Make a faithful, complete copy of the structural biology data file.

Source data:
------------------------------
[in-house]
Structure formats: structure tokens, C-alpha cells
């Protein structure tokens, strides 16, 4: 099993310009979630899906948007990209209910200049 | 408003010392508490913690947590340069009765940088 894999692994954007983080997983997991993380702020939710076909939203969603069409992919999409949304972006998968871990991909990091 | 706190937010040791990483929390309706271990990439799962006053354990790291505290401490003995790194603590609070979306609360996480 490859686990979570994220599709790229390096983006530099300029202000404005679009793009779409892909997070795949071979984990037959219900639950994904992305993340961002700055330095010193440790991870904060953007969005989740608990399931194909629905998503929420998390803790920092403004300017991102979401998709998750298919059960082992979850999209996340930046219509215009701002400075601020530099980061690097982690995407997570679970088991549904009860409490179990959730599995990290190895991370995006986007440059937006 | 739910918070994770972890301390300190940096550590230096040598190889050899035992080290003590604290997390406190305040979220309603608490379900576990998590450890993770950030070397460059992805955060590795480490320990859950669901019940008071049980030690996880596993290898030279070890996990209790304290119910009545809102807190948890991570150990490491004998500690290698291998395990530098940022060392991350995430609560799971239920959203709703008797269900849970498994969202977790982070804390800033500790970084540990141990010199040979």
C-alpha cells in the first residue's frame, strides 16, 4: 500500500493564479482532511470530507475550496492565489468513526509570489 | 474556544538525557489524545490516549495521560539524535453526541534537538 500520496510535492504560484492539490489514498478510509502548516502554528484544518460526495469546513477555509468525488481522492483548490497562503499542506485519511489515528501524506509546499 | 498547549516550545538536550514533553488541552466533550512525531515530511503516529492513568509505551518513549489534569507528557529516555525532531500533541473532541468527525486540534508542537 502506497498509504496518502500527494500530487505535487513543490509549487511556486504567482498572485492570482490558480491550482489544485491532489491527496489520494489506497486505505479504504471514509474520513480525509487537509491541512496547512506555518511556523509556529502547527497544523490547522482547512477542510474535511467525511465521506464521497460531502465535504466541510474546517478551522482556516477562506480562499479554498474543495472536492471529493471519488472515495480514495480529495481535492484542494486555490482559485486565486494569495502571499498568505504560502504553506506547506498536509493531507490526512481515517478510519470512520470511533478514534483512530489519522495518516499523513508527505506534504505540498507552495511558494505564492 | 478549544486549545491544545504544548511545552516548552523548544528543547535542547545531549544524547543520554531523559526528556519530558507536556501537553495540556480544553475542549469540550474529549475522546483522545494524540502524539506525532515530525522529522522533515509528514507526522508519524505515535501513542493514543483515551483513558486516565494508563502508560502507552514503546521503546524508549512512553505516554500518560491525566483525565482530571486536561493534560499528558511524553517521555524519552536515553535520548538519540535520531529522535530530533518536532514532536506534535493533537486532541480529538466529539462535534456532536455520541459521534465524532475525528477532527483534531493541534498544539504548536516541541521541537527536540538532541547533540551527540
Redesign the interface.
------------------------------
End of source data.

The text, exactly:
[in-house]
Structure formats: structure tokens, C-alpha cells
């Protein structure tokens, strides 16, 4: 099993310009979630899906948007990209209910200049 | 408003010392508490913690947590340069009765940088 894999692994954007983080997983997991993380702020939710076909939203969603069409992919999409949304972006998968871990991909990091 | 706190937010040791990483929390309706271990990439799962006053354990790291505290401490003995790194603590609070979306609360996480 490859686990979570994220599709790229390096983006530099300029202000404005679009793009779409892909997070795949071979984990037959219900639950994904992305993340961002700055330095010193440790991870904060953007969005989740608990399931194909629905998503929420998390803790920092403004300017991102979401998709998750298919059960082992979850999209996340930046219509215009701002400075601020530099980061690097982690995407997570679970088991549904009860409490179990959730599995990290190895991370995006986007440059937006 | 739910918070994770972890301390300190940096550590230096040598190889050899035992080290003590604290997390406190305040979220309603608490379900576990998590450890993770950030070397460059992805955060590795480490320990859950669901019940008071049980030690996880596993290898030279070890996990209790304290119910009545809102807190948890991570150990490491004998500690290698291998395990530098940022060392991350995430609560799971239920959203709703008797269900849970498994969202977790982070804390800033500790970084540990141990010199040979």
C-alpha cells in the first residue's frame, strides 16, 4: 500500500493564479482532511470530507475550496492565489468513526509570489 | 474556544538525557489524545490516549495521560539524535453526541534537538 500520496510535492504560484492539490489514498478510509502548516502554528484544518460526495469546513477555509468525488481522492483548490497562503499542506485519511489515528501524506509546499 | 498547549516550545538536550514533553488541552466533550512525531515530511503516529492513568509505551518513549489534569507528557529516555525532531500533541473532541468527525486540534508542537 502506497498509504496518502500527494500530487505535487513543490509549487511556486504567482498572485492570482490558480491550482489544485491532489491527496489520494489506497486505505479504504471514509474520513480525509487537509491541512496547512506555518511556523509556529502547527497544523490547522482547512477542510474535511467525511465521506464521497460531502465535504466541510474546517478551522482556516477562506480562499479554498474543495472536492471529493471519488472515495480514495480529495481535492484542494486555490482559485486565486494569495502571499498568505504560502504553506506547506498536509493531507490526512481515517478510519470512520470511533478514534483512530489519522495518516499523513508527505506534504505540498507552495511558494505564492 | 478549544486549545491544545504544548511545552516548552523548544528543547535542547545531549544524547543520554531523559526528556519530558507536556501537553495540556480544553475542549469540550474529549475522546483522545494524540502524539506525532515530525522529522522533515509528514507526522508519524505515535501513542493514543483515551483513558486516565494508563502508560502507552514503546521503546524508549512512553505516554500518560491525566483525565482530571486536561493534560499528558511524553517521555524519552536515553535520548538519540535520531529522535530530533518536532514532536506534535493533537486532541480529538466529539462535534456532536455520541459521534465524532475525528477532527483534531493541534498544539504548536516541541521541537527536540538532541547533540551527540
Redesign the interface.